Now, given the input image, for each digit we have 100 probability values
We take median (50th percentile) of these 100 probability values as the threshold probability for each digit
If the threshold probability is greater than 0.2, we select the digit as a classification output from the network
In other words, we want the neural network to output a digit as a recommendation if out of multiple samples of probability, the median probability for that digit is at least 0.2. This means that for some inputs, the network can output two digits as classification output while for others it can output no digits (which is exactly what we want if we give it non-digit images).
When I ran the network on the entire MNIST test set of 10,000 images, I got these results:
Percentage of images which the network refused to classify: 12.5% (1250 out of 10,000)
Accuracy on the remaining 8750 “accepted” images: 96%
Note that this 96% accuracy when we gave the network a chance to refuse classification is much higher than the 88% accuracy when it was forced to classify.
To visualize what’s happening under the hood. I plotted 100 random images from the MNIST test batch. For most of the 100 images, the network classified accurately.
What the plot above shows is that the real label for input image was 3, and for each of the 10 digits, a histogram of log-probabilities is shown. For the label 3, the median log-probability was actually close to 0 which means the probability of this image being 3 is close to 1 (exp(0) = 1). That is why it’s highlighted in yellow. Since the label that network selected is same as the real label, it shows “Correct”. You can also see what the input image actually looked like.
In my multiple runs with 100 images, the accuracy of network when it made predictions was 94–96%. The network regularly chose to not make predictions on 10–15% images and it was fun to look at some of the images where network said: “I’m not really sure”.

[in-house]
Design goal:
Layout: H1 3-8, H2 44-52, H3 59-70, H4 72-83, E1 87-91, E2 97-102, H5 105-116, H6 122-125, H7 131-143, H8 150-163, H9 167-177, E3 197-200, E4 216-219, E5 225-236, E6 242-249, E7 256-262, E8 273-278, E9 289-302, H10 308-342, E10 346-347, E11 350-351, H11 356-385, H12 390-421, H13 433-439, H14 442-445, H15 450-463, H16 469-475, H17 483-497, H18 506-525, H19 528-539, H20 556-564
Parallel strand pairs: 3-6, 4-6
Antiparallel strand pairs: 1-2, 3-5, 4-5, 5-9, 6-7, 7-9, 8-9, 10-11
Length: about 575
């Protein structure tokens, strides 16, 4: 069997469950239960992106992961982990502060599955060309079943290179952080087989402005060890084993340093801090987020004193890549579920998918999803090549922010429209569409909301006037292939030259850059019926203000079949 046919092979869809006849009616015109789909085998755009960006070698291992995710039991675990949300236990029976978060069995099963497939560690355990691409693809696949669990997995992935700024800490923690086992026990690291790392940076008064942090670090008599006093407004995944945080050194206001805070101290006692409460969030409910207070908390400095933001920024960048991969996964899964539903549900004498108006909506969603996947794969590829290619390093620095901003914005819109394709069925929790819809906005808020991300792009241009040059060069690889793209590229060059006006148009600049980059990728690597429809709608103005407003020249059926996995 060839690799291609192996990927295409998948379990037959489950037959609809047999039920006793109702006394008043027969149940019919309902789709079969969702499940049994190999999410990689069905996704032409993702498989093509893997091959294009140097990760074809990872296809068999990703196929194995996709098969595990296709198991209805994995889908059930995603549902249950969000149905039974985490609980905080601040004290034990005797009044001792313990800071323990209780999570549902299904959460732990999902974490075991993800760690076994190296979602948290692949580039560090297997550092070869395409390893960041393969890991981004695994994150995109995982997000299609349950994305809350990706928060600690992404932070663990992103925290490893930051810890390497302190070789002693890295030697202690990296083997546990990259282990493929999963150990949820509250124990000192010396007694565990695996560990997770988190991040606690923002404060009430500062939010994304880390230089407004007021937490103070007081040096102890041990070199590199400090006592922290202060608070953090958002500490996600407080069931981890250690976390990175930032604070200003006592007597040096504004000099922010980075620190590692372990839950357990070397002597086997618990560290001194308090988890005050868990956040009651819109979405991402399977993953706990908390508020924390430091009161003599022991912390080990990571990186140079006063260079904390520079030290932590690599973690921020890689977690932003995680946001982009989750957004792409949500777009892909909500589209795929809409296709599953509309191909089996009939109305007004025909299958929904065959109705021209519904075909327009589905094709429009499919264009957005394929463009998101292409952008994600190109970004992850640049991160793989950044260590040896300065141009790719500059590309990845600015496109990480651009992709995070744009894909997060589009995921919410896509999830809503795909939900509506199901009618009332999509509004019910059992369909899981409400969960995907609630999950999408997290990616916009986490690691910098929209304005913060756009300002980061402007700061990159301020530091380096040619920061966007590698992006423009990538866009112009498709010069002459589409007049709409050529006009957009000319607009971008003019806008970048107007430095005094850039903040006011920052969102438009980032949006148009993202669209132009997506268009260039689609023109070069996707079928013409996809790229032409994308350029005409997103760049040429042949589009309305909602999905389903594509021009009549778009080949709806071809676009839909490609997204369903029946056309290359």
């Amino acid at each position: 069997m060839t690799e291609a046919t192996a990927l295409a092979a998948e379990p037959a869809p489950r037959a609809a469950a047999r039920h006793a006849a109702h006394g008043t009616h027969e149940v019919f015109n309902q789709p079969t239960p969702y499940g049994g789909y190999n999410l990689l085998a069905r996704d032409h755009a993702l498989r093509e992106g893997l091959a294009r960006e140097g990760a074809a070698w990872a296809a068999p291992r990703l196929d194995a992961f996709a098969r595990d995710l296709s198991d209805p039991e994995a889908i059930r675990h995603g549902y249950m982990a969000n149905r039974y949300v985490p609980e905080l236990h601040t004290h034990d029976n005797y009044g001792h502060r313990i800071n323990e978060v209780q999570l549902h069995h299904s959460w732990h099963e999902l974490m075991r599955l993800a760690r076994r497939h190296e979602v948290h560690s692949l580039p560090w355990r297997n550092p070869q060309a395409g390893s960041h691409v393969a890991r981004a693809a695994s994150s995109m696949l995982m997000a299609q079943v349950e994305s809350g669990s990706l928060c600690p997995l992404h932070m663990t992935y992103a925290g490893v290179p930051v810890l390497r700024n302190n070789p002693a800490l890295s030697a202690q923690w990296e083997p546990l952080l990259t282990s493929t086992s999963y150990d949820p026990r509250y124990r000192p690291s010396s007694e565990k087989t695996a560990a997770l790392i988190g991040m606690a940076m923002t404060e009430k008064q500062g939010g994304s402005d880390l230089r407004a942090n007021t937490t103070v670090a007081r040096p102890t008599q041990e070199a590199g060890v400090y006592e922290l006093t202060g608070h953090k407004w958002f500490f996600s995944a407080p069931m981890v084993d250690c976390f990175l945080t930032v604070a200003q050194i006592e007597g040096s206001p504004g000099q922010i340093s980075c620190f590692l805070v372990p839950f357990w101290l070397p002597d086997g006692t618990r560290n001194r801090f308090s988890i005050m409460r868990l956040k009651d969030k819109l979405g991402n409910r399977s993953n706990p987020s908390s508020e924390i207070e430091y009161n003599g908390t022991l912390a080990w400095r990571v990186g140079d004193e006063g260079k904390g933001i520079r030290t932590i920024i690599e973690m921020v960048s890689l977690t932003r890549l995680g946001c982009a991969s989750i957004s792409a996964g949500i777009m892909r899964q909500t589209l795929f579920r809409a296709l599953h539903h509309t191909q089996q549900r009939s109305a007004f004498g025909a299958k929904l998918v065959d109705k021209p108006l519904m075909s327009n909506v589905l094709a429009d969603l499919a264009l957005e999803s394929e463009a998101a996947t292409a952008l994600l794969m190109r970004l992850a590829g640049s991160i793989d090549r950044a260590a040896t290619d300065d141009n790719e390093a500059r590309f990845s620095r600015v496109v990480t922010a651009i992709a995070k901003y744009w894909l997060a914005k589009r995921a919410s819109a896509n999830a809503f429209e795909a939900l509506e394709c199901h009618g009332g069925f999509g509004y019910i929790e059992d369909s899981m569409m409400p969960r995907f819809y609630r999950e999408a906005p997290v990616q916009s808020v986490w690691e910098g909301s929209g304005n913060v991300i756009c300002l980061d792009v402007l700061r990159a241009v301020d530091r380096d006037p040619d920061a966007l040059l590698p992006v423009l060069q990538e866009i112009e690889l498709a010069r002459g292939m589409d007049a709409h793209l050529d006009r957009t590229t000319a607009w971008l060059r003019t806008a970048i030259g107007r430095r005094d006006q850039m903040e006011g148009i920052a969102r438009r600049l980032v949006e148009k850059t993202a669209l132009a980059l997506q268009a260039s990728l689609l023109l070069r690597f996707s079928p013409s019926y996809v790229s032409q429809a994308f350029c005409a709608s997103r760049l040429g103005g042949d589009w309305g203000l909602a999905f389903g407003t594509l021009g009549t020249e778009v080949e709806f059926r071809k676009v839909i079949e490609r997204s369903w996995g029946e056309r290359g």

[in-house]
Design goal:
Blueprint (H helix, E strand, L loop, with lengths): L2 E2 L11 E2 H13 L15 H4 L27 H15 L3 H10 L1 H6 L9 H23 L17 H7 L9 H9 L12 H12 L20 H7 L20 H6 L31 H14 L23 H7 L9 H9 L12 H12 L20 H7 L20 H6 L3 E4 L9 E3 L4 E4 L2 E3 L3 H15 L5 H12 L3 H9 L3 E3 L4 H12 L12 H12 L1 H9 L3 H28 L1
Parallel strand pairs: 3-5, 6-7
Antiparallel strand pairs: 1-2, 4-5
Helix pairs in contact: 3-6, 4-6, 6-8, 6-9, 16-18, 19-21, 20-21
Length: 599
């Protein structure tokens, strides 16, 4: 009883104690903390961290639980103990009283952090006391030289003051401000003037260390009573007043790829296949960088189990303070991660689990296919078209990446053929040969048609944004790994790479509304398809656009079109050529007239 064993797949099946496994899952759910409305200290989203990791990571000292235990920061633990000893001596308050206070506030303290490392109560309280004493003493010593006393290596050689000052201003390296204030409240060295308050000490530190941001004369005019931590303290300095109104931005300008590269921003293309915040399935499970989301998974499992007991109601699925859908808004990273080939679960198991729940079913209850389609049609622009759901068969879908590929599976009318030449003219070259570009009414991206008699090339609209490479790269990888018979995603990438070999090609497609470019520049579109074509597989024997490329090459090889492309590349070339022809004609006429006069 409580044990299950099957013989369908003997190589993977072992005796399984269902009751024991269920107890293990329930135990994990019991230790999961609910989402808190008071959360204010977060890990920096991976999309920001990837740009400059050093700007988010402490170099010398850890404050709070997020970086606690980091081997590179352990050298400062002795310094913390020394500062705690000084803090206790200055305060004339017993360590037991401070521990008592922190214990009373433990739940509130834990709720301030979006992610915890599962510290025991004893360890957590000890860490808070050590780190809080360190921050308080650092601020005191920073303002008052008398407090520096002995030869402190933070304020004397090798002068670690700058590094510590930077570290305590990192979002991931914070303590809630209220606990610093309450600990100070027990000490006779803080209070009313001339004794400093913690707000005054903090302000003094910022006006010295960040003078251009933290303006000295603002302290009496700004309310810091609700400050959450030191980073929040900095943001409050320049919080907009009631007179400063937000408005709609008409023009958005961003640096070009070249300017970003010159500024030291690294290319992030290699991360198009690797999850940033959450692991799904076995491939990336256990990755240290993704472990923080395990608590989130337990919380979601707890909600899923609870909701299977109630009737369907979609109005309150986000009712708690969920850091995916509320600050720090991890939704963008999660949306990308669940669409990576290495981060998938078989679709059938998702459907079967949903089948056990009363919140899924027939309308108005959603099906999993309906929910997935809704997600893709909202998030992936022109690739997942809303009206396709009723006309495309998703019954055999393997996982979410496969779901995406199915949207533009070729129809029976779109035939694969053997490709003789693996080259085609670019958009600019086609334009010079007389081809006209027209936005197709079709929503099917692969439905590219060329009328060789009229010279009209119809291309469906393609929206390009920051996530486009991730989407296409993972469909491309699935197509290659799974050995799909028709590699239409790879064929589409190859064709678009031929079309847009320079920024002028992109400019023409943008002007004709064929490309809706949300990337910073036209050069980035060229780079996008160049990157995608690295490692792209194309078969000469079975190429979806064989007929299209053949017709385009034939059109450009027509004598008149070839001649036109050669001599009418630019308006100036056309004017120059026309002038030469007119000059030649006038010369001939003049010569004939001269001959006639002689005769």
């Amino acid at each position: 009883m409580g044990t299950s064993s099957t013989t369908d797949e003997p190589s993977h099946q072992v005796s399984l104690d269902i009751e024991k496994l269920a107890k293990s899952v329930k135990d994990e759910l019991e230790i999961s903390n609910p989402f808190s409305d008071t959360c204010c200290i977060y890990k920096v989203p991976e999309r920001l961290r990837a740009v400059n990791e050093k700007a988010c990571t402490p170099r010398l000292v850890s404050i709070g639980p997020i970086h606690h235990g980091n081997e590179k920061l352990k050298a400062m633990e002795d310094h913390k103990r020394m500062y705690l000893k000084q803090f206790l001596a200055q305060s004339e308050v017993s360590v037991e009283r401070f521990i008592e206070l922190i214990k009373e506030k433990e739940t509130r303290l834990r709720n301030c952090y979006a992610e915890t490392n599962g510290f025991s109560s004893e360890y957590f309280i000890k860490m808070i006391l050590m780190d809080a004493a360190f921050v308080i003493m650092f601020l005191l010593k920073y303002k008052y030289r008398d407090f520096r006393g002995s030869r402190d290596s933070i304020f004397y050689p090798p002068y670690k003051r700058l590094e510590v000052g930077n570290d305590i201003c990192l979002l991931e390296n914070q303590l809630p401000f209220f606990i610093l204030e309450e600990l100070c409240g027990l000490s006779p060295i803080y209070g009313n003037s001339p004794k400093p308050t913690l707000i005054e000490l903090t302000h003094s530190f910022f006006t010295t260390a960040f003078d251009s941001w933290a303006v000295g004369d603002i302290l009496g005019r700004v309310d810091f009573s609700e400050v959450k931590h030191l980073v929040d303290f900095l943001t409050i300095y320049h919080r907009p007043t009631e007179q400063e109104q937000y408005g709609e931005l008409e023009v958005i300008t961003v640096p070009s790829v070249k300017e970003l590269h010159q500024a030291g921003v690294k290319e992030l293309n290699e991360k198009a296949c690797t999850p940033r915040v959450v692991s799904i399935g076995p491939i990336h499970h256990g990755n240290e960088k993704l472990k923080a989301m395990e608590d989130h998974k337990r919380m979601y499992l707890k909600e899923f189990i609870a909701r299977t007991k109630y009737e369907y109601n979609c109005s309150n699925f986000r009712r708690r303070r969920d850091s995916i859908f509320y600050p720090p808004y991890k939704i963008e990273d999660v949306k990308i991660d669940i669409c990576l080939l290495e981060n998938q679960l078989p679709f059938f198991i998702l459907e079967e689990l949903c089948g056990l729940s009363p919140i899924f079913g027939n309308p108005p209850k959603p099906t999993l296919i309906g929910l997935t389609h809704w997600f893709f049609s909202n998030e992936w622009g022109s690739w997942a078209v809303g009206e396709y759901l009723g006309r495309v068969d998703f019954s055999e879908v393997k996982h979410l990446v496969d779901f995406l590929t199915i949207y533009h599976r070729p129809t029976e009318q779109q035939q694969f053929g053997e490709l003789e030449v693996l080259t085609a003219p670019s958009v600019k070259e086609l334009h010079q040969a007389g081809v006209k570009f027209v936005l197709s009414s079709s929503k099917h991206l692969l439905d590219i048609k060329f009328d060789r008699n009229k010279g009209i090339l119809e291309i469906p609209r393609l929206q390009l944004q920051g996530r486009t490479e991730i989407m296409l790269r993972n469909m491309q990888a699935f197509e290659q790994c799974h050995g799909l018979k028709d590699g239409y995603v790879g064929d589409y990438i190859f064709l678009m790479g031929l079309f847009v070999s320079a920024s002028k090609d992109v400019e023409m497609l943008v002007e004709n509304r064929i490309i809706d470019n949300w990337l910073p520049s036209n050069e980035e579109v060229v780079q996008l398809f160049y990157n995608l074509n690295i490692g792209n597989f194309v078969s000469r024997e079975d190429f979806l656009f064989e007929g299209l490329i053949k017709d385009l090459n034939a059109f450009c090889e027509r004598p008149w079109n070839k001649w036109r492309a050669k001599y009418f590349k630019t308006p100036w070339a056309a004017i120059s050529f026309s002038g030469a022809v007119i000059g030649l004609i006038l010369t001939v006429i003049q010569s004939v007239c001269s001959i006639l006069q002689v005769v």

It’s hard for even me to tell that the digit is a “2”. You can see from histograms that the network had a high uncertainty both for 2 and 3 labels . For such cases where network is undecided, the distribution of log-probabilities is wide for all labels while in the case of the accurate classification of “3” in the plot above, you’d notice that the distribution for the digit 3 was narrow while for all other digits it was wide (which meant the network was pretty sure it was 3).
Another case where the network was undecided.
You see the image is all messed up. A traditional neural network might have spitted out something but our bayesian network refuses to say anything.
To see how the network does when it is fed pure white noise, I generated 100 random images.
When these images were given as an input, the network refused to make predictions on 95% of them.
This is how a typical randomly generated image looked like:
I went one step further and downloaded the not-MNIST dataset which is a dataset of alphabets rather than digits. It looks like this:
For the not-MNIST test set, the network refused to classify ~80% of images (363 out of a total of 459 in the test set).
An example of not-MNIST image is shown below.
It’s great to see our network give good accuracy on what it was trained on (MNSIT) while not getting fooled by a dataset that was custom designed to fool it (not-MNIST).
We used a very simple model: single layer neural network with 1024 neurons. If we use a more advanced convolutional network, I’m sure we can improve our accuracy.
If we keep running our optimization for much longer, we can improve our accuracy
If we sample more data points (rather than 100) per image, results could improve
If we make our acceptance criteria from median probability to be minimum 0.2 to perhaps 10th percentile probability to be minimum 0.5, our network will reject a lot more images but on accepted ones, it may have a higher accuracy
Overall, I’m very happy with the results. I hope you have fun playing with the code :)
Feel free to comment on this post with your questions and I’ll try my best to answer them. If you are able to improve the code, send a pull request to me on github. And in case, you use the basic code on a new data set or problem, please email me at paras1987 <at> gmail <dot> com and I’d love to hear from you.
Thanks Nirant Kasliwal, Divyanshu Kalra and S. Adithya for reviewing the draft and giving helpful suggestions.